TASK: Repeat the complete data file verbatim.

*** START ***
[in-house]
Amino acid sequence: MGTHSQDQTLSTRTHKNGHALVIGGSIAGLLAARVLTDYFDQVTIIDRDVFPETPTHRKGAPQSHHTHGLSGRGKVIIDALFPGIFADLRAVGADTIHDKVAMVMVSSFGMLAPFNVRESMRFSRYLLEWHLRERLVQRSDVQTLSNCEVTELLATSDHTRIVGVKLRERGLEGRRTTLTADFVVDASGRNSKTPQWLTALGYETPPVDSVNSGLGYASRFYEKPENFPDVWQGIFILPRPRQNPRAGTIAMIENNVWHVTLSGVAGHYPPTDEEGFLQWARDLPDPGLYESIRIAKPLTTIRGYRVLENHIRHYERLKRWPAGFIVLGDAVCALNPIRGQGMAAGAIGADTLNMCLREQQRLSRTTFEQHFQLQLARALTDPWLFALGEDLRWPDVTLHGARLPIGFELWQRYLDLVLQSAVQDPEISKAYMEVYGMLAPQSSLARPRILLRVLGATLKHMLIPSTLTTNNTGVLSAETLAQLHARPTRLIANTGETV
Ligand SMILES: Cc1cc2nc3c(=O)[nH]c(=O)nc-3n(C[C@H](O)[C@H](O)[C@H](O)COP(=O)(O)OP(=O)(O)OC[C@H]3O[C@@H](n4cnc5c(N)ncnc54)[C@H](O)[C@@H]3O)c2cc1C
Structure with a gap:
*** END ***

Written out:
[in-house]
Amino acid sequence: MGTHSQDQTLSTRTHKNGHALVIGGSIAGLLAARVLTDYFDQVTIIDRDVFPETPTHRKGAPQSHHTHGLSGRGKVIIDALFPGIFADLRAVGADTIHDKVAMVMVSSFGMLAPFNVRESMRFSRYLLEWHLRERLVQRSDVQTLSNCEVTELLATSDHTRIVGVKLRERGLEGRRTTLTADFVVDASGRNSKTPQWLTALGYETPPVDSVNSGLGYASRFYEKPENFPDVWQGIFILPRPRQNPRAGTIAMIENNVWHVTLSGVAGHYPPTDEEGFLQWARDLPDPGLYESIRIAKPLTTIRGYRVLENHIRHYERLKRWPAGFIVLGDAVCALNPIRGQGMAAGAIGADTLNMCLREQQRLSRTTFEQHFQLQLARALTDPWLFALGEDLRWPDVTLHGARLPIGFELWQRYLDLVLQSAVQDPEISKAYMEVYGMLAPQSSLARPRILLRVLGATLKHMLIPSTLTTNNTGVLSAETLAQLHARPTRLIANTGETV
Ligand SMILES: Cc1cc2nc3c(=O)[nH]c(=O)nc-3n(C[C@H](O)[C@H](O)[C@H](O)COP(=O)(O)OP(=O)(O)OC[C@H]3O[C@@H](n4cnc5c(N)ncnc54)[C@H](O)[C@@H]3O)c2cc1C
Structure with a gap: